Incomplete Information Models of Guilt Aversion in the Trust Game
In the theory of psychological games it is assumed that players' preferences on material consequences depend on endogenous beliefs. Most of the applications of this theoretical framework assume that the psychological utility functions representing such preferences are common knowledge. But this is often unrealistic. In particular, it cannot be true in experimental games where players are subjects drawn at random from a population. Therefore an incomplete-information methodology is called for. We take a first step in this direction, focusing on models of guilt aversion in the Trust Game. We consider two alternative modeling assumptions: (i) guilt aversion depends on the role played in the game, because only the trustee can feel guilt for letting the co-player down, (ii) guilt aversion is independent of the role played in the game. We show how the set of Bayesian equilibria changes as the upper bound on guilt sensitivity varies, and we compare this with the complete-information case. Our analysis illustrates the incomplete-information approach to psychological games and can help organize experimental results in the Trust Game.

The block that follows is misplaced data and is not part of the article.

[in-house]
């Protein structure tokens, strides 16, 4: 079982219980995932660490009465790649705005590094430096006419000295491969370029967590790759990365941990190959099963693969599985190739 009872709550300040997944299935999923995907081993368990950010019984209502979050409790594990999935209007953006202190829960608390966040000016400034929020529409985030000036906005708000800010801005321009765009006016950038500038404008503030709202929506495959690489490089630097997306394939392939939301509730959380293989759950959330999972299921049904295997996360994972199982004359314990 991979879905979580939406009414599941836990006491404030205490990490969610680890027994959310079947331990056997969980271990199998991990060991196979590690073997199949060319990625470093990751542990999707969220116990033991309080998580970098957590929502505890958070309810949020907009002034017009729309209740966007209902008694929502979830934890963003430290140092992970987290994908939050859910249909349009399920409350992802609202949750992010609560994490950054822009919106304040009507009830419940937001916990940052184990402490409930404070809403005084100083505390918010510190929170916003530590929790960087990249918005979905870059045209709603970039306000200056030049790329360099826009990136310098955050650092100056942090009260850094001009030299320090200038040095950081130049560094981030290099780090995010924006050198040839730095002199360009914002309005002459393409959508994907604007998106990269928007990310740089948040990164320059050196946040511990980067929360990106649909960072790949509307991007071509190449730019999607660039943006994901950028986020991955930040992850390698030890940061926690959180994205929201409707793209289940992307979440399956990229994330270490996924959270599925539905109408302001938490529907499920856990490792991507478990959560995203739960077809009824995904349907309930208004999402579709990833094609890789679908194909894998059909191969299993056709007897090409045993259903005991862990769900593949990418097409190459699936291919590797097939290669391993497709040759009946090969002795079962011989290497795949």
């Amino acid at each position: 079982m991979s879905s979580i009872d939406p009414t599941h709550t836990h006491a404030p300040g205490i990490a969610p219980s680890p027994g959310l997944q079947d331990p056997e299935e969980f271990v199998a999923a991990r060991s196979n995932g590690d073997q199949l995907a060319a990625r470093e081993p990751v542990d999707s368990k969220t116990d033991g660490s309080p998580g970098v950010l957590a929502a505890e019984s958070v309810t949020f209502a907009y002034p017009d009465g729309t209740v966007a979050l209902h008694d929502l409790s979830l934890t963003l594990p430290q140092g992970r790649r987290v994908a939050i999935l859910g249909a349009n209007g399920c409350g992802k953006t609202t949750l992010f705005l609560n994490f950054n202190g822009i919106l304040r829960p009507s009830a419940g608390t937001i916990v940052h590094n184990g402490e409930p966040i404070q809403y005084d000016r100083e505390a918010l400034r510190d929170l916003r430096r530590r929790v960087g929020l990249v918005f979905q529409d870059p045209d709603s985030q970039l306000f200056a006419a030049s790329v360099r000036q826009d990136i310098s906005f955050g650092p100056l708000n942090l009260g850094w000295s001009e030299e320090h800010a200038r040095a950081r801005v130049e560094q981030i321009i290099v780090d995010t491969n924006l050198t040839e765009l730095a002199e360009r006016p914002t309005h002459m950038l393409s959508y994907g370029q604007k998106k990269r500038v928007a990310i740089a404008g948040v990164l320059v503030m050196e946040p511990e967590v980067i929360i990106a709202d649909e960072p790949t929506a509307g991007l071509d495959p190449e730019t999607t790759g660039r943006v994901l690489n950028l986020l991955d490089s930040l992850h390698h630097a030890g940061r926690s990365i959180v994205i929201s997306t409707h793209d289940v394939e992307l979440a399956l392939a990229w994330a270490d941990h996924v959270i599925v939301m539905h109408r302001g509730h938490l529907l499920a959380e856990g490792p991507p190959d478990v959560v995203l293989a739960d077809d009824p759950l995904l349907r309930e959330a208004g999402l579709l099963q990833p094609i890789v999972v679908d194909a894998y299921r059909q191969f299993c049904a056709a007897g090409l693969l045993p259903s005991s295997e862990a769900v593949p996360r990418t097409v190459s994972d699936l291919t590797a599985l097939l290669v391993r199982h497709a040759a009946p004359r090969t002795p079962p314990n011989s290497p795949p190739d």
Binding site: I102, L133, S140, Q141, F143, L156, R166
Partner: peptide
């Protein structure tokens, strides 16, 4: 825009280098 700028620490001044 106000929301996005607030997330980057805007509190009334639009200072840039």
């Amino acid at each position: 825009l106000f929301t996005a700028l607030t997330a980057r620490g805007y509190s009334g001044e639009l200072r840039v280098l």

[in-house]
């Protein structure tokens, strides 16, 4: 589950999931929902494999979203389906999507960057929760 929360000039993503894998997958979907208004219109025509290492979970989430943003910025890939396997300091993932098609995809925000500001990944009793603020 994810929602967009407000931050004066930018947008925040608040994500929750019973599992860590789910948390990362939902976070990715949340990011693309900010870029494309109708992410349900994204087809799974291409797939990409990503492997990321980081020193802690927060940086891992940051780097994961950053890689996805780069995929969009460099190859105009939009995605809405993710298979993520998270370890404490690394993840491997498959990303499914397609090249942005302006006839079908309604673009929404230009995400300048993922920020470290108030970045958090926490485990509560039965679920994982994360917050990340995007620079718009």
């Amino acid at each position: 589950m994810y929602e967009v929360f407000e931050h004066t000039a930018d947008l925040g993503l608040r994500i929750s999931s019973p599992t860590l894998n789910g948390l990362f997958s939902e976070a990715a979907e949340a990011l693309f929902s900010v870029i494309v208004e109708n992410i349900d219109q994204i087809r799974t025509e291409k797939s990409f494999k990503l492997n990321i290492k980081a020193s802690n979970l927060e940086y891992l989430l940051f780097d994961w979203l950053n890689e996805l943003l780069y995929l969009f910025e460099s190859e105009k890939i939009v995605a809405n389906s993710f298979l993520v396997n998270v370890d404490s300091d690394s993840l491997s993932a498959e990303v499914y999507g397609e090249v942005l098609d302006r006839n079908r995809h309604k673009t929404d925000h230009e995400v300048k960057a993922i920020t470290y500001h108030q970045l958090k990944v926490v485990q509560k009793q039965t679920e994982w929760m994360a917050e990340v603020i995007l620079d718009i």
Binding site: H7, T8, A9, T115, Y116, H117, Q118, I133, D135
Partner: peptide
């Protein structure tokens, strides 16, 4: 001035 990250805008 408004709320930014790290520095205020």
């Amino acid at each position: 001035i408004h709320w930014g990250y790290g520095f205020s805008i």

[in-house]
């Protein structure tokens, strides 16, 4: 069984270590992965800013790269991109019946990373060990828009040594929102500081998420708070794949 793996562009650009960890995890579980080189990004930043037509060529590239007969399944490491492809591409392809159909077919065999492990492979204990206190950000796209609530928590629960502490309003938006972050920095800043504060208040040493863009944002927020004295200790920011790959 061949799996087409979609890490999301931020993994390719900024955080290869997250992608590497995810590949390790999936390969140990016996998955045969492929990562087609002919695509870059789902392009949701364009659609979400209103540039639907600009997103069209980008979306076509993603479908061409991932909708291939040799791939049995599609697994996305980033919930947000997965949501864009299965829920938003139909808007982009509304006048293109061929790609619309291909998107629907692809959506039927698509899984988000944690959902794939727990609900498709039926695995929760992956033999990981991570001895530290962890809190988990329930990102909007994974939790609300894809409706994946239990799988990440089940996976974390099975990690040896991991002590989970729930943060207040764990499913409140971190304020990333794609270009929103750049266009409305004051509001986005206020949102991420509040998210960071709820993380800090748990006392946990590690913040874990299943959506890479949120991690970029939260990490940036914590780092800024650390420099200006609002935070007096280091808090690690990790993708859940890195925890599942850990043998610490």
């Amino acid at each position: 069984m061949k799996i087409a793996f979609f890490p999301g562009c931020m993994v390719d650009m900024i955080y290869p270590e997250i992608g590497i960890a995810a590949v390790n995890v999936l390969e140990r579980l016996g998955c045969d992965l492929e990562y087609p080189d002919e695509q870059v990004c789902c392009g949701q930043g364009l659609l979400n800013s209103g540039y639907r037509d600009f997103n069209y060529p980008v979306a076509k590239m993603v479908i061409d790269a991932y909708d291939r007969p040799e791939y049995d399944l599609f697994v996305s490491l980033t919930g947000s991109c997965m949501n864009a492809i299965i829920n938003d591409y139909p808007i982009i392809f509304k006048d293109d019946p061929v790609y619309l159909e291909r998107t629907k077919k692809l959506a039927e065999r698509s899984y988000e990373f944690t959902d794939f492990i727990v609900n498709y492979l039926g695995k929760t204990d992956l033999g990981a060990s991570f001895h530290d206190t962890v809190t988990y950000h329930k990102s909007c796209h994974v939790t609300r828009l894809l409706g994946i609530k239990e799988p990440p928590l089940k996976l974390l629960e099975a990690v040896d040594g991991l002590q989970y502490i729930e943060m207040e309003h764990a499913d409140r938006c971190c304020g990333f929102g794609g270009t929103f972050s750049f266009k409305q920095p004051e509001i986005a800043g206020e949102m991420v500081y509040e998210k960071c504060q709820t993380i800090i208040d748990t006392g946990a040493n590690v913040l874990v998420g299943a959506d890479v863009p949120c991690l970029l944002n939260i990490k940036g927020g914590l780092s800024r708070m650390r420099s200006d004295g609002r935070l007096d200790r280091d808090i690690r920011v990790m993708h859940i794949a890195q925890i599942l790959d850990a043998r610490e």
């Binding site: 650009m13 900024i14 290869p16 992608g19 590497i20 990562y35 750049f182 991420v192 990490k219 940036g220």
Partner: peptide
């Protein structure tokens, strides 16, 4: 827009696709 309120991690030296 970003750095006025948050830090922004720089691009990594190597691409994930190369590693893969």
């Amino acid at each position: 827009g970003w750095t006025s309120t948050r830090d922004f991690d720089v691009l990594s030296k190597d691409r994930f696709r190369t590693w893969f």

|Date of creation:||Jun 2013|
|Date of revision:||Jun 2013|
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